The Future of Snow: A Public Awareness Campaign - Joanna Carey, Assistant Professor of Environmental Science, Babson College, Massachusetts, USA

This project will create a network of “Ask A Scientist” panels at ski resorts across the U.S. Panels will consist of two professional scientists who study climate change and one policy expert from Protect Our Winters (POW), a non-profit advocacy group focused on systematic political solutions to climate change. Scientists will cover global drivers and impacts of climate change, as well as impact on local conditions while the policy expert will address the importance of civic engagement and best practices when contacting elected representatives.

AAC at ERAU Young Explorers Astronomy Open House - Melanie Azam, Embry-Riddle Aeronautical University Daytona Beach Campus

Expanding on the current suite of Astronomy open houses carried out by the Amateur Astronomy Club at ERAU, this project will target the youth of the Daytona Beach community. The Young Explorers Astronomy Open House planned for 12 April 2019 aims to spark interest and curiosity in STEM among local youth. The activities planned will allow attendees to interact and experience a variety of modules geared toward the Earth and space sciences.

Renewable Energy: Biogas Production & Awareness - Michael Obiofiong

This project involves two major components. The first supports outreach across the Niger-Delta region to bring community awareness to the need for harnessing biodegradable waste, and the harmful effects of waste and its pollution to Earth and health. Through a travelling outreach series, the team will also donate vaccines to communities with health challenges.
The second supports a training initiative for community members to learn how the design and construction of biogas digesters to convert biodegradable waste to cooking fuel for households in the community, providing opportunities for self-sufficiency and sustainability.

Natural Features of Texas and Oklahoma: Videos - Robert J Stern, University of Texas at Dallas, USA

This project involves the production of 6 hybrid video/animations about selected natural features in the Texas and Oklahoma regions to encourage residents in these areas to think more about the Earth they live on through a geoscientific lens. Topics include the Monahans Dune Field of Western Texas, Barite Roses of Oklahoma, The Permian Basin, and other natural features in the Texas-Oklahoma region. Promotion of the videos will include support through AGU as well as outreach to the local public broadcasting stations and science museums.

Field experience for minority high school women - Rosie Oakes, Academy of Natural Sciences of Drexel University

This proposal will provide scholarships to 4 female high school students in the Women in Natural Sciences (WINS) program to attend Earth & Environmental Science field courses in Drexel University's Environmental Science Leadership Academy (DESLA) during the summer of 2019. The project team seeks to create a pipeline of talented minority women enrolling in the Earth Sciences program at Drexel University, and ultimately to increase the number of minority women who pursue college degrees and careers in the Earth sciences.

Engaging Western Kentucky Communities in STEM - Bassil El Masri, Murray State University

This project aims to increase participation of high school students in Earth & Environmental Sciences and increase public awareness of the relevance and importance of science.  The components of the project include:

  • A ScienceFest event for high school students from MSU's service region will allow students to share and present their projects in the Earth & environmental sciences during Earth Science Week in October.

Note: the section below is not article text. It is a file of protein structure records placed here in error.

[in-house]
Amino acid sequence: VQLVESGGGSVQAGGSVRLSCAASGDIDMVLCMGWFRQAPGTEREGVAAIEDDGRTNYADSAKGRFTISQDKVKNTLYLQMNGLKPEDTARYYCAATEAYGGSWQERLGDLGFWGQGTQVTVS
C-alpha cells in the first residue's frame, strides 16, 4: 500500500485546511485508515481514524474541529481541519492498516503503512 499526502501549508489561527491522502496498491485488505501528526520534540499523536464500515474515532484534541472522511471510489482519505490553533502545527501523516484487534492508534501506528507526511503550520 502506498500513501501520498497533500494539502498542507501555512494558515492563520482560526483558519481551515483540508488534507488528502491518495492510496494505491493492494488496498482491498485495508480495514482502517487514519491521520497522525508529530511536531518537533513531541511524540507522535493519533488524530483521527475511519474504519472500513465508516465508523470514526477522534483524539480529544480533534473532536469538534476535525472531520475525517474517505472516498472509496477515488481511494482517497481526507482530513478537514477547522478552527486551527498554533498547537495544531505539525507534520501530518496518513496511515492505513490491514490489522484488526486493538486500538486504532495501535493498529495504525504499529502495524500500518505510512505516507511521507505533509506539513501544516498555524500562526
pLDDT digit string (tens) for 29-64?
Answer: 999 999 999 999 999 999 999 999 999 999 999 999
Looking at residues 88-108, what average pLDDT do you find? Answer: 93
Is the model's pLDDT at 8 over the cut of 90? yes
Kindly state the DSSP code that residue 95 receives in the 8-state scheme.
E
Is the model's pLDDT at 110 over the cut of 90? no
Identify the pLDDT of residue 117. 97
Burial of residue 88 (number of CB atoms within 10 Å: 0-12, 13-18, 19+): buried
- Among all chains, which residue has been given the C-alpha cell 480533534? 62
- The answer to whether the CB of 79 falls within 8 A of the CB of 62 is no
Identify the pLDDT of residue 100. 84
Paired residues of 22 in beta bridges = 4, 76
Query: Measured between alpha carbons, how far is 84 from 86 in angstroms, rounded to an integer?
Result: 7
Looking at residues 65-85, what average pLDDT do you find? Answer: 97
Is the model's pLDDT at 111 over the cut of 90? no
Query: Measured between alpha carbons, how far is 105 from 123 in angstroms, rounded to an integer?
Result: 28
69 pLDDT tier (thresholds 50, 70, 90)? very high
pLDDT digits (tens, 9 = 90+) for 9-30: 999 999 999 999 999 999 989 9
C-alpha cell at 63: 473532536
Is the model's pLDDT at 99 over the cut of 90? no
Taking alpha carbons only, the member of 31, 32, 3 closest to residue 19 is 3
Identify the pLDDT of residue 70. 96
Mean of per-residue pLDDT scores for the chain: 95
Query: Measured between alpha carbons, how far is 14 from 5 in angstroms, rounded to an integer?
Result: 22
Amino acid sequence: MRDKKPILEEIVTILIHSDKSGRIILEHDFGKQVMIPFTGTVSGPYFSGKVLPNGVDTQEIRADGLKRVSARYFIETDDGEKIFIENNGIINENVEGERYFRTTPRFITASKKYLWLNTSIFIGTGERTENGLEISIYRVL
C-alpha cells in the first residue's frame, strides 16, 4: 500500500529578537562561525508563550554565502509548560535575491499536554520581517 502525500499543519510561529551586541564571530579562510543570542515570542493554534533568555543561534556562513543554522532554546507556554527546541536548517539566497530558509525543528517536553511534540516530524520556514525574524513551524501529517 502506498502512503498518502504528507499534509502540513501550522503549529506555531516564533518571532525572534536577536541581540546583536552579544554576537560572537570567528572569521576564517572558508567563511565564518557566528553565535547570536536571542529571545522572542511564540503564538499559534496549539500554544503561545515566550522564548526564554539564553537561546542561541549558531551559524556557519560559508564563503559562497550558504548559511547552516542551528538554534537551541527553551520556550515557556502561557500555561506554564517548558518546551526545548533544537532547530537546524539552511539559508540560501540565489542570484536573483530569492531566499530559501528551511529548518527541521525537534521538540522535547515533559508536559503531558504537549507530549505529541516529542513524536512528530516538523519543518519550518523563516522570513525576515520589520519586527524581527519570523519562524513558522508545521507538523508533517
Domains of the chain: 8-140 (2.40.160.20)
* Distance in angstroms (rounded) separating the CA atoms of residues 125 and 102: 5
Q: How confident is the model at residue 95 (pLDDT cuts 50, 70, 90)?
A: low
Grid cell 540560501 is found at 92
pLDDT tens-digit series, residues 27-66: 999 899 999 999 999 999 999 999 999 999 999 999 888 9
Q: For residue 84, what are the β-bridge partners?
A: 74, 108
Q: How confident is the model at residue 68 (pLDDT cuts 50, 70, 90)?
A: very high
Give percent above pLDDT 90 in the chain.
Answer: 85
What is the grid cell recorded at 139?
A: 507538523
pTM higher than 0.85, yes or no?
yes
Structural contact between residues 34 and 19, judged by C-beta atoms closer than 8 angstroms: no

• "Science on the Go" travelling booths at farmer's markets and fairs in the MSU service region to engage with the public.
  • Sponsoring high school student field trips to MSU campus to visit the Department of Earth & Environmental Sciences (EES) and experience hands-on learning in the labs.
  • Talks led by the EES faculty and students in local high school, community colleges, and local libraries.

 AWARDED World Water Day PROJECTS

First Brainstorming Session on Water Re-Engineering Solutions and their Implementation - Chitaranjan Dalai, Indian Institute of Technology Kharagpur | IIT KGP · School of Water Resources

This project provides an opportunity for researchers to learn how to discuss their findings with the public and to engage in conversation about some of the issues involving water resources development in India.  The goal of this event is to begin to bridge a gap between the research efforts and the motivators behind those efforts (economic empowerment of citizenry, renewed interest and awareness in rainwater harvesting, and improving health conditions of citizens through the provision of safe water). 

World Water Day 2019, Billings, Montana - Tom Osborne, Hope 2 One Life

With a long-running history of successful events, Tom Osborne and his team will carry out a public outreach World Water Day event around the theme “Leaving No One Behind” that focuses on networking among college and high school students, local politicians and US experts in water and sustainable development in Africa. Our key speaker was a refugee from Liberia, became a US citizen and in 2018 was elected the first black mayor of any city in Montana (Helena). This event will host the premiere showing of Hope 2 One Life’s own film showcasing its water, medical and sustainable development work in Northern Uganda. The team will facilitate specific Q&A and discussion among students and experts on interdependence of health and clean water. Another topic on the table involves the Sahel climate uncertainty as a driver of our introduction of drip irrigation to sustain Ugandans during dry seasons and drought and using a combination of science-based conservation farming methods with drip irrigation to generate income from dry season vegetable production.